The Hijaz Railway was strategically vital to the Ottoman war effort. (Supplied)

“The French representative vouched for the account of the Egyptian engineer, who fled the city and did not carry out the crime, thus confirming that the grave in question did indeed house the prophet’s body and the goal was to move the body to Constantinople.” 

“In the last phase, the citizens of Madinah were forcibly displaced and soldiers were settled there instead,” Al-Saeed said. 

Possibly up to 40,000 civilians were deported, with parents separated both from each other and from their children.

“They kidnapped people from the streets and did not deport them as families. They deported them as individuals and sent them to other areas under Ottoman rule. 

“According to historical sources, the Seferberlik atrocities resulted in only a few hundred citizens remaining in the city. Fakhri Pasha ordered the monopolization of food, which was scarce in the first place, especially dates, which were given to the Ottoman soldiers. 

“Madinah reached the point of famine, forcing its citizens and orphaned children to eat cats, dogs and what remained on the farms and in the streets.” 




“Seferberlik: A century on from the Ottoman crime in Madinah” — by Saudi author Mohammad Al-Saeed.

Al-Saeed says he chose to write about the Ottoman Empire’s actions in Madinah a century on because he believes modern Turkey is trying to whitewash its imperial past. 

He plans to translate his book into several languages to raise awareness of this little-known chapter of Ottoman history. 

“I wrote an article in 2015 about the passage of 100 years since this crime and provided details that few people knew about,” Al-Saeed said. 

“Reactions to the article varied between people shocked at the information and those who could not believe it, given the Turkish publicity ahead of its publication which attempted to whitewash the Ottoman Empire’s ugliness and its heinous crimes against Arabs. The public was oblivious to the Ottoman crimes. 

“Following the article, the idea of documenting the event was established, so that history would not forget it like other events in Arab history, particularly since the few historical sources that documented Seferberlik are in the Ottoman, English and French archives. 

“Moreover, the sources of information are very limited and the grandchildren of those who were in Madinah at the time do not have many documents. A lot of the city’s inhabitants were displaced. Many of them did not return.” 


Afghan Taliban on the agenda as India, Saudi foreign ministers hold talks

Afghan Taliban on the agenda as India, Saudi foreign ministers hold talks
Updated 57 min 23 sec ago

Afghan Taliban on the agenda as India, Saudi foreign ministers hold talks

Afghan Taliban on the agenda as India, Saudi foreign ministers hold talks
  • Expert says Prince Faisal’s visit “very significant” amid political changes in the region
  • New Delhi urges Riyadh to resume flights as two officials discuss COVID-19 challenges, trade and bilateral ties

NEW DELHI: India’s Foreign Minister S. Jaishankar held talks with his Saudi counterpart on Sunday that included measures to bolster bilateral and trade ties, cope with COVID-19 challenges, and a “very useful” exchange on political developments in Afghanistan.

Saudi Arabia’s Minister for Foreign Affairs Prince Faisal bin Farhan bin Abdullah Al-Saud arrived in New Delhi for a two-day visit on Saturday and is expected to call on Prime Minister Narendra Modi on Monday.

It marks the first high-level ministerial visit by a Saudi official to India since the COVID-19 outbreak and subsequent travel curbs early last year.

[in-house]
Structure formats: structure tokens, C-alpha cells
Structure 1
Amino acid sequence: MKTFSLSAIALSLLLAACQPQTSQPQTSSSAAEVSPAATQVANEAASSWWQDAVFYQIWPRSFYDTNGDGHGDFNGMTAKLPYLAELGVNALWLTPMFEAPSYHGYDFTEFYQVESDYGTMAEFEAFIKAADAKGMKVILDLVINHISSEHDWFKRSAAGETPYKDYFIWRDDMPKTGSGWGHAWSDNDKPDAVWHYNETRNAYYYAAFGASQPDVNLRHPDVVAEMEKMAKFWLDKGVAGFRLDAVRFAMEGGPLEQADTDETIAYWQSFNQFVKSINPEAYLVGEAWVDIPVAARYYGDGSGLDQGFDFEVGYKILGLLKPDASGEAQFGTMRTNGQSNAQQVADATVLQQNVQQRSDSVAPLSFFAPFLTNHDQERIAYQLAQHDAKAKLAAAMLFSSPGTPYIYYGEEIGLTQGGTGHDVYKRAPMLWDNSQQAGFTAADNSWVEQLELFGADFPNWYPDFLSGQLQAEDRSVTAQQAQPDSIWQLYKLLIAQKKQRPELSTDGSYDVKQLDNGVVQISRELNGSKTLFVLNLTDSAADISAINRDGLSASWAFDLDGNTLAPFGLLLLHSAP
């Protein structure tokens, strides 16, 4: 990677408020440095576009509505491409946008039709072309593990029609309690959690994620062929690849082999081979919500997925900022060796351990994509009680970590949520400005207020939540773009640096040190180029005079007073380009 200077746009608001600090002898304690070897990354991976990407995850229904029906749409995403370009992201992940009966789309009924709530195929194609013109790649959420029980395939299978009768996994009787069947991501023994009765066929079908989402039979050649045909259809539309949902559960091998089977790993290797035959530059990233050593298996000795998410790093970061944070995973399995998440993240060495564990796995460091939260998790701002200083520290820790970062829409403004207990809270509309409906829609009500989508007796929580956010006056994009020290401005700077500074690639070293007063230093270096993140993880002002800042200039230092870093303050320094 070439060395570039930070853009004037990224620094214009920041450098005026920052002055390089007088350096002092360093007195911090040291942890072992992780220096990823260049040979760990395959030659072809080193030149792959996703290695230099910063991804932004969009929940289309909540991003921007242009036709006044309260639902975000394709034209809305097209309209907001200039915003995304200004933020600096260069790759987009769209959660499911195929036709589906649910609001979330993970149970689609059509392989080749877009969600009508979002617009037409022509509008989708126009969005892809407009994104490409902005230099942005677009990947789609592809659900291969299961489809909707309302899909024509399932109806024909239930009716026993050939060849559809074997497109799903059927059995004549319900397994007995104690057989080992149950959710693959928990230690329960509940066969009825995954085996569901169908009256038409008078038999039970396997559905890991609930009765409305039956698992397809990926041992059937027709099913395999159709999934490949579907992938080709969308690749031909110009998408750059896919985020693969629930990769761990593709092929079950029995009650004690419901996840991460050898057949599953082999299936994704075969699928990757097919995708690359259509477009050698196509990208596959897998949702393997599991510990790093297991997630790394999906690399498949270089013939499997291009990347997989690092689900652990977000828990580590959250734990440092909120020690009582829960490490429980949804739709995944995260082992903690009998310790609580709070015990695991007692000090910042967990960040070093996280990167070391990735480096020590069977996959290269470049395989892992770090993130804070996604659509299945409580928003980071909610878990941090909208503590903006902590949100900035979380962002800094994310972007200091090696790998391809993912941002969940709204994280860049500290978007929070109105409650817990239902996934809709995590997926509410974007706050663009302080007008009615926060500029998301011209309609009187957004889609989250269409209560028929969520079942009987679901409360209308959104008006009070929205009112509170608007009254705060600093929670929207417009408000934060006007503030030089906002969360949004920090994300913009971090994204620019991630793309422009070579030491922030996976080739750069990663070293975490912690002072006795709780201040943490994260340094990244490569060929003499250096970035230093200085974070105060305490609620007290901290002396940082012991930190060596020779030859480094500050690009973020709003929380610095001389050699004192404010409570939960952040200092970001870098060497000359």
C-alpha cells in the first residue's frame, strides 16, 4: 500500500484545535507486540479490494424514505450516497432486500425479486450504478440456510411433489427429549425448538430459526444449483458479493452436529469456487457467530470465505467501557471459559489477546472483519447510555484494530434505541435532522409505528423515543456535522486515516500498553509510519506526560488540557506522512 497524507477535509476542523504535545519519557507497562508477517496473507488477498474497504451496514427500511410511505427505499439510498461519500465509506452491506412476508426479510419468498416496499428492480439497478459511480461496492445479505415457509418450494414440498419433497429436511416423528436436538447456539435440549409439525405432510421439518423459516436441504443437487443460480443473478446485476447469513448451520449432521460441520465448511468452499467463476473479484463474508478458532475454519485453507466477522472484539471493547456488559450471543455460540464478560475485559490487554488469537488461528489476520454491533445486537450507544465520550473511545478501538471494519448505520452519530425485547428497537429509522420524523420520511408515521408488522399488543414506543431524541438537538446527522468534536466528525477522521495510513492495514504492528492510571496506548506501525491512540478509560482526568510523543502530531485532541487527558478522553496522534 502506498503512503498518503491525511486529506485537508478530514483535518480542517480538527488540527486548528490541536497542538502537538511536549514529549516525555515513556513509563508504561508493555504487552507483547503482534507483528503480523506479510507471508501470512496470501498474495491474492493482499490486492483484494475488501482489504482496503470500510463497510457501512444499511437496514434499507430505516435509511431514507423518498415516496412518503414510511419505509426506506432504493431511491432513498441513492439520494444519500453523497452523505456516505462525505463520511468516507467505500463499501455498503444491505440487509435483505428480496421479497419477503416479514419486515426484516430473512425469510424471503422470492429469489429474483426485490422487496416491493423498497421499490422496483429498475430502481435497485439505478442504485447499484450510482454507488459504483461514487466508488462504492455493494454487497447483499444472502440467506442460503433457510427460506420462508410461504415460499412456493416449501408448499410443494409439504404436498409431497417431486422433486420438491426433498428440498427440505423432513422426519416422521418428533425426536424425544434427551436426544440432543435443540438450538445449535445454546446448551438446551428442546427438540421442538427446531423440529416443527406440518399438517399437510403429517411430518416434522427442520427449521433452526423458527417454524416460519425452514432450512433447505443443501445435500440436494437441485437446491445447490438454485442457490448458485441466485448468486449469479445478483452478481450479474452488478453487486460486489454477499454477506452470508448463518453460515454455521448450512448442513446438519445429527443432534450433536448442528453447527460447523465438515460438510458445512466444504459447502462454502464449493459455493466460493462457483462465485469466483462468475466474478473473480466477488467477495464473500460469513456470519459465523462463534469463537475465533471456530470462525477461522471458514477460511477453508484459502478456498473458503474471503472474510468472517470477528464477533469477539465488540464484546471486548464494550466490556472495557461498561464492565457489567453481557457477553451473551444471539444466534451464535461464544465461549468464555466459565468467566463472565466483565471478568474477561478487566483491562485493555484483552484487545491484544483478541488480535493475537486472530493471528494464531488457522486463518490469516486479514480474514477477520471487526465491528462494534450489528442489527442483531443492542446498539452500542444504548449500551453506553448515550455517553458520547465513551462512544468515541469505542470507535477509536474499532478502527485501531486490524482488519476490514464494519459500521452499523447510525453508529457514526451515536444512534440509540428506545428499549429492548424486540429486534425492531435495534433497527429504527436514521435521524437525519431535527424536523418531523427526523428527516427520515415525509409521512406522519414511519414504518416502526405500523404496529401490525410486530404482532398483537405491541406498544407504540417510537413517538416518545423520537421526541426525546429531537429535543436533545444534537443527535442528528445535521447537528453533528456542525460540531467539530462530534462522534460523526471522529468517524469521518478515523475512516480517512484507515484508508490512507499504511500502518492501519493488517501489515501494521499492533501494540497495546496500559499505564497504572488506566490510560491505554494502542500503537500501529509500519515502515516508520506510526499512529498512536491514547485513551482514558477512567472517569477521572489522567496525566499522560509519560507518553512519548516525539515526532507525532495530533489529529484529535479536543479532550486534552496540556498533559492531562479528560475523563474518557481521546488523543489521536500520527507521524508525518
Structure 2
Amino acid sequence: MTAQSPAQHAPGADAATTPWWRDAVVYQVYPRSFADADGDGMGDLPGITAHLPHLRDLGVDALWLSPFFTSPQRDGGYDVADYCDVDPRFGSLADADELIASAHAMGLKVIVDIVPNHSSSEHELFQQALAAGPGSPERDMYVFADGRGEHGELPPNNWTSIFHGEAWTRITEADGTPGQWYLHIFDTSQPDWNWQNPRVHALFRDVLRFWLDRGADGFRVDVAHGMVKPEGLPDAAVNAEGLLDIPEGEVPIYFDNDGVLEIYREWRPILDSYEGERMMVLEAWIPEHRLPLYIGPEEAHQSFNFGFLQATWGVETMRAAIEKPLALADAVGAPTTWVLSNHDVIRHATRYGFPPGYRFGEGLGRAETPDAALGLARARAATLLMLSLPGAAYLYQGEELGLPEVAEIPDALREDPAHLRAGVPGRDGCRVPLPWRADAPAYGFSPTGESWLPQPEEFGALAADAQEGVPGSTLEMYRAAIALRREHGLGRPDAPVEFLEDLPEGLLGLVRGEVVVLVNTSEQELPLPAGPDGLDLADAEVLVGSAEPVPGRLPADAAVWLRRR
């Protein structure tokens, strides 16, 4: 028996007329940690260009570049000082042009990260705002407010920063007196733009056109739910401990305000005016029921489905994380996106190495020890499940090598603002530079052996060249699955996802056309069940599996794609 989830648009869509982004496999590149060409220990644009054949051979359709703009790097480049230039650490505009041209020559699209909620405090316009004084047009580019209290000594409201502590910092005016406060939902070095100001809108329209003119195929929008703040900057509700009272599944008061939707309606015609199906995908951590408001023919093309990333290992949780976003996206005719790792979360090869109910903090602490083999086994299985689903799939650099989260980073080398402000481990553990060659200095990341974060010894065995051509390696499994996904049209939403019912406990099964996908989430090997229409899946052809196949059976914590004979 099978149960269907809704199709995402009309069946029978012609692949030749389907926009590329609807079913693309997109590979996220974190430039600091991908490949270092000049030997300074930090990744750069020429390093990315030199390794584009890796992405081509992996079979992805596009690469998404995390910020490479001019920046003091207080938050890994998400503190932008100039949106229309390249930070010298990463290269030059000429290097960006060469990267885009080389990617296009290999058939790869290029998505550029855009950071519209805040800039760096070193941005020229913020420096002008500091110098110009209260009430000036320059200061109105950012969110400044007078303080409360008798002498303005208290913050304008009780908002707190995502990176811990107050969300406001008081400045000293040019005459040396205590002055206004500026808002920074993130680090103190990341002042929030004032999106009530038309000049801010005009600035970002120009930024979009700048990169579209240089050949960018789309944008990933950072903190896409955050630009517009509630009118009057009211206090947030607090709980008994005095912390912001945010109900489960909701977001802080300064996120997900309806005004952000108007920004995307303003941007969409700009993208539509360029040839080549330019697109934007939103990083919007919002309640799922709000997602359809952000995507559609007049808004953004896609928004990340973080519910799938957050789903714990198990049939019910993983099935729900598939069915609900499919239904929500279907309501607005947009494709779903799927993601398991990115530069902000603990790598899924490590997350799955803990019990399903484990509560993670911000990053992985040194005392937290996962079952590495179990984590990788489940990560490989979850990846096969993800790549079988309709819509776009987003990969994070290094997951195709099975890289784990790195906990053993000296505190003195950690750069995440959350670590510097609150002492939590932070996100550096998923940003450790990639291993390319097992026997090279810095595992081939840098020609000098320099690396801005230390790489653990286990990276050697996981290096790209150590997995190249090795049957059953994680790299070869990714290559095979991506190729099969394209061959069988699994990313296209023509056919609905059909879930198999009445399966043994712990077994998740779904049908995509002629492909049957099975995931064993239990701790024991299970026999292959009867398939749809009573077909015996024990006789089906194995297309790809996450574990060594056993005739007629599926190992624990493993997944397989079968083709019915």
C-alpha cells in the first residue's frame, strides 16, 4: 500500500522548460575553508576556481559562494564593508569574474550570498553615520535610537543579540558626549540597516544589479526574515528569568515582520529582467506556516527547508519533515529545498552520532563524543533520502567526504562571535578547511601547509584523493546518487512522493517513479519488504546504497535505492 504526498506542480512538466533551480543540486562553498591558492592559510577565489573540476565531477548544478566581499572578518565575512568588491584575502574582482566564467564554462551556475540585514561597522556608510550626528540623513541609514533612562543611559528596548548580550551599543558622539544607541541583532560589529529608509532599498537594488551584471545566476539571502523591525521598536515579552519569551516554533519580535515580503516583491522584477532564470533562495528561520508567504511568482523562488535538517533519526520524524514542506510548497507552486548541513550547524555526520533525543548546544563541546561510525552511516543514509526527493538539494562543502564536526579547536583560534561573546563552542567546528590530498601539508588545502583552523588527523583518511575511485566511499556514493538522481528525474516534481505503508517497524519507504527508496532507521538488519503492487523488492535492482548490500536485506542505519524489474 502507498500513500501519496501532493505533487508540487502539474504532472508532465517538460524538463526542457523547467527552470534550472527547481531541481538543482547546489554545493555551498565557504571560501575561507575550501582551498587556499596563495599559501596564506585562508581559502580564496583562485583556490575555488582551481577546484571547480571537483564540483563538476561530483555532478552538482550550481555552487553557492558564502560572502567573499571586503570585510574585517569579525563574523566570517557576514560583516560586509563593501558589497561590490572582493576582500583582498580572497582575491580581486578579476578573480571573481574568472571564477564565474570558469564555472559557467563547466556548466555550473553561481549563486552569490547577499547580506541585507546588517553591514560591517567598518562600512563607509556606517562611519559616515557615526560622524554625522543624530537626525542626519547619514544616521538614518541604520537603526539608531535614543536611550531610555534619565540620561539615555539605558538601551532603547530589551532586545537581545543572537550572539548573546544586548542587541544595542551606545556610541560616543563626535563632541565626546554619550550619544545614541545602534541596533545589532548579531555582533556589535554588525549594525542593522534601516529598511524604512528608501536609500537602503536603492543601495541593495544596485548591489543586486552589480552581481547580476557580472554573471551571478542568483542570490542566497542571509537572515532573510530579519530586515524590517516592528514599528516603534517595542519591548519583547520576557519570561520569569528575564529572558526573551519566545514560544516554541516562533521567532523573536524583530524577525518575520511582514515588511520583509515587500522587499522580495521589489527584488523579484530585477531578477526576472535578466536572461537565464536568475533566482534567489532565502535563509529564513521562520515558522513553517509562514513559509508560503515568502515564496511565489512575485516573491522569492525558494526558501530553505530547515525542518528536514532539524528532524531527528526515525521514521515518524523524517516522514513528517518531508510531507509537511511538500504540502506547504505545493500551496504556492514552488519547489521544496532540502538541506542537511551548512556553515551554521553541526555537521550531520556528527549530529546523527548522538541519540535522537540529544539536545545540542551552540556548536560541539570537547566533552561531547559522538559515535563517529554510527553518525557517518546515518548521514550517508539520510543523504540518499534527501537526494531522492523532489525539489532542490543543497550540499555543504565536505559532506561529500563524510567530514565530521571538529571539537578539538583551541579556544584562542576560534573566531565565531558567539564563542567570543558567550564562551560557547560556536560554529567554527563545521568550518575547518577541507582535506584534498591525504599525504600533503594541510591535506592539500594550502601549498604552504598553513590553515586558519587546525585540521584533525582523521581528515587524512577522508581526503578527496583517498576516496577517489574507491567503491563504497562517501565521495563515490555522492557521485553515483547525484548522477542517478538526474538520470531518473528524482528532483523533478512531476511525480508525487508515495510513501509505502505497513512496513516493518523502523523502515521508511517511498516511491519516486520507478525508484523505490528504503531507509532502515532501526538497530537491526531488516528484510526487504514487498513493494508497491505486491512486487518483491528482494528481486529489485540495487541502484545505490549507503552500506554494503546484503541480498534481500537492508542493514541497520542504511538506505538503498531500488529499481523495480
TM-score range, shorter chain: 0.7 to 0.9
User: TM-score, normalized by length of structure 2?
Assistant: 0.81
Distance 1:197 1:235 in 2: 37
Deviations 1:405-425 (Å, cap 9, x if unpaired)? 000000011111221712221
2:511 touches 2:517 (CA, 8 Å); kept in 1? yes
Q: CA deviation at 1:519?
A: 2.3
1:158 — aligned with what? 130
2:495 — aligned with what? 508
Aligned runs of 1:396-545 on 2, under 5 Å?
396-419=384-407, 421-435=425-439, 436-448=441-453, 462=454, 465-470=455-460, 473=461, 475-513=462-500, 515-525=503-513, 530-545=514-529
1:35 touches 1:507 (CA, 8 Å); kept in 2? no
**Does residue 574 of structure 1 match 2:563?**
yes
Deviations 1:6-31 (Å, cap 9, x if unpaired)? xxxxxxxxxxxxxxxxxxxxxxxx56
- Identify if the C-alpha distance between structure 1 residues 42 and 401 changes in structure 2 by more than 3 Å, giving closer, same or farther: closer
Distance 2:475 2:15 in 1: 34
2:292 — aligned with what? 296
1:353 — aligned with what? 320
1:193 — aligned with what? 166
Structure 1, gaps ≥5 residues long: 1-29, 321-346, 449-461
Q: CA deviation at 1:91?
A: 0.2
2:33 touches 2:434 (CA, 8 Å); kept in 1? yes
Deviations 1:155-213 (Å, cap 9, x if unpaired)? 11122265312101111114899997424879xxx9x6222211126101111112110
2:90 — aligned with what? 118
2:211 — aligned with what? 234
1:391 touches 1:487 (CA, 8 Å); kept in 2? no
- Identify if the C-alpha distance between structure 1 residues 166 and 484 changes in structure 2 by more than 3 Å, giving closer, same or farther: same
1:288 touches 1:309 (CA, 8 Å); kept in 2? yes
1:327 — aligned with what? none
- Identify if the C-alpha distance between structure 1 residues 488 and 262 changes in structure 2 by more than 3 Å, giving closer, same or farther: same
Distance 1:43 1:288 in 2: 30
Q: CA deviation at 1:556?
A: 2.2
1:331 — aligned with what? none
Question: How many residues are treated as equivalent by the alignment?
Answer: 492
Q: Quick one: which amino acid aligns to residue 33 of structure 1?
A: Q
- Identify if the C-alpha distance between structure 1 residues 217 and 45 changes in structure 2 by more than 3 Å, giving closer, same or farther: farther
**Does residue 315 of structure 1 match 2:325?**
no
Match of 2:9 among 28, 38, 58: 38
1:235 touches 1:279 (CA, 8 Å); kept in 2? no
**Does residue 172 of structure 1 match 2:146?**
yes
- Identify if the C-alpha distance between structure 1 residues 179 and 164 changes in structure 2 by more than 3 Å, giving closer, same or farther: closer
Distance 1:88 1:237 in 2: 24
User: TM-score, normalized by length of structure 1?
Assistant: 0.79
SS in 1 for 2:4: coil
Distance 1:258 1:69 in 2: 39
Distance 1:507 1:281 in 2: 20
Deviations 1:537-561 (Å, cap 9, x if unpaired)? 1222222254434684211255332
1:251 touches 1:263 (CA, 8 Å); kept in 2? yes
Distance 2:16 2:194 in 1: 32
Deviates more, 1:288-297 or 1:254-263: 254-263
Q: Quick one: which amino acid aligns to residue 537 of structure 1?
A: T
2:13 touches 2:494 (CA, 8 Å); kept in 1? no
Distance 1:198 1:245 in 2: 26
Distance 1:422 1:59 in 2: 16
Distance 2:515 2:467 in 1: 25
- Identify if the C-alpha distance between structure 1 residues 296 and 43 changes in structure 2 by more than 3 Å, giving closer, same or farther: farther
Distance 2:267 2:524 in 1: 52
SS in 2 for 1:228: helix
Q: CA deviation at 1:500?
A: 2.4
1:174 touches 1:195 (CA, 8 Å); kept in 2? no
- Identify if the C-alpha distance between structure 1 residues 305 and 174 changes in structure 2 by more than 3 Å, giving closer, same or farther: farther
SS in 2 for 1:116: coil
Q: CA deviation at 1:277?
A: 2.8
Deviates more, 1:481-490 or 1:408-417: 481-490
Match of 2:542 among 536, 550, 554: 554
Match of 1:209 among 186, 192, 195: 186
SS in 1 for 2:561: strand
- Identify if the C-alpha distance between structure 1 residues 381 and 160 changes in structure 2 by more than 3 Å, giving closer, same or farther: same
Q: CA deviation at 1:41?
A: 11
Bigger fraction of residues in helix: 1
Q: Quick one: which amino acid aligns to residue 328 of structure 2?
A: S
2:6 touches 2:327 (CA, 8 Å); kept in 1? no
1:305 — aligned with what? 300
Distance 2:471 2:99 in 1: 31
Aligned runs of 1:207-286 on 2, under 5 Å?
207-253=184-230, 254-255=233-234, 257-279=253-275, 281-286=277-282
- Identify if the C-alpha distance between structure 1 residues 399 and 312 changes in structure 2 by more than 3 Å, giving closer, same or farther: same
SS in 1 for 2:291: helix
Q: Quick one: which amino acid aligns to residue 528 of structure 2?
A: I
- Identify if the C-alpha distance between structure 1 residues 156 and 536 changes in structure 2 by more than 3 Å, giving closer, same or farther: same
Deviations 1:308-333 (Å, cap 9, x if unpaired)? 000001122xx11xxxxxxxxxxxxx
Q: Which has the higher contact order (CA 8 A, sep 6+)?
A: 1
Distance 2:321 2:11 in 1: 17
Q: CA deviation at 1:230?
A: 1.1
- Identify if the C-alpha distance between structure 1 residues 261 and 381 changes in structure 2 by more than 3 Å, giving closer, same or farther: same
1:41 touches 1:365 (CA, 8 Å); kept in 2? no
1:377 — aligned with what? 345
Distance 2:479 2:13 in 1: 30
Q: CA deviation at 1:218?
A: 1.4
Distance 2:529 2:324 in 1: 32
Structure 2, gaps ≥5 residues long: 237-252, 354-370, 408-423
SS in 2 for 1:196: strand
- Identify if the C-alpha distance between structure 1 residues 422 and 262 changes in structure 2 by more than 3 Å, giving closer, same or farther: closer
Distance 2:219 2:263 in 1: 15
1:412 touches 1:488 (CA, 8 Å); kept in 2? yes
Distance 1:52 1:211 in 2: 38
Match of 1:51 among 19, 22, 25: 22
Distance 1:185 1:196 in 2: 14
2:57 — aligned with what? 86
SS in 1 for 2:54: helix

“(It) was a cordial and productive meeting with (the) Saudi foreign minister,” Jaishankar said in a Twitter post on Sunday after the meeting at Hyderabad House in New Delhi.

Prince Faisal’s visit comes amid the recent political changes in Afghanistan after the Taliban’s return to power last month, marking the first official interaction between the two allies.

“Very useful exchange of views on Afghanistan, the Gulf and the Indo-Pacific,” Jaishankar said.

Saudi FM Prince Faisal bin Farhan and India’s FM Subrahmanyam Jaishankar meet in New Delhi. (@DrSJaishankar)

No further details were available, but experts termed the timing of the meeting and Prince Faisal’s visit as “a very significant one.”

As the Taliban surrounded the Afghan capital, Kabul, on Aug. 15, President Ashraf Ghani, with whom New Delhi had cultivated a close relationship, fled Afghanistan.

Earlier this month, the Taliban announced an interim government, weeks after taking over Afghanistan in a stunning military sweep, as US-led foreign forces withdrew after 20 years — ending the country’s longest conflict.

“Saudi Arabia and India have shared concerns as to whether Afghanistan will become the sanctuary for extremists because then it would become extremely dangerous for the neighborhood as a whole,” Talmiz Ahmad, former Indian ambassador to Saudi Arabia, told Arab News.

“It’s natural that both the close partners would discuss Afghanistan. It reflects very close relations that India and Saudi Arabia have established with each other.”

Ahmad cited the “strategic partnership” formed after signing the Riyadh Declaration of 2010 and taken forward “very vigorously” by Prime Minister Modi as the first step toward bringing the two countries closer.

“We now have a strategic council at the apex level. Therefore, the relationship that began with cooperation on counter-terrorism has now become a very strong and deep strategic partnership,” he said.

The two officials also reviewed progress in implementing the Strategic Partnership Council Agreement, signed during PM Modi’s visit to Saudi Arabia in October 2019, and bilateral cooperation at multilateral forums such as the UN, the G20 and the Gulf Cooperation Council.

Jaishankar congratulated Prince Faisal for Saudi Arabia’s successful presidency of the G20 last year, at the pandemic’s peak, a statement by India’s Foreign Ministry said.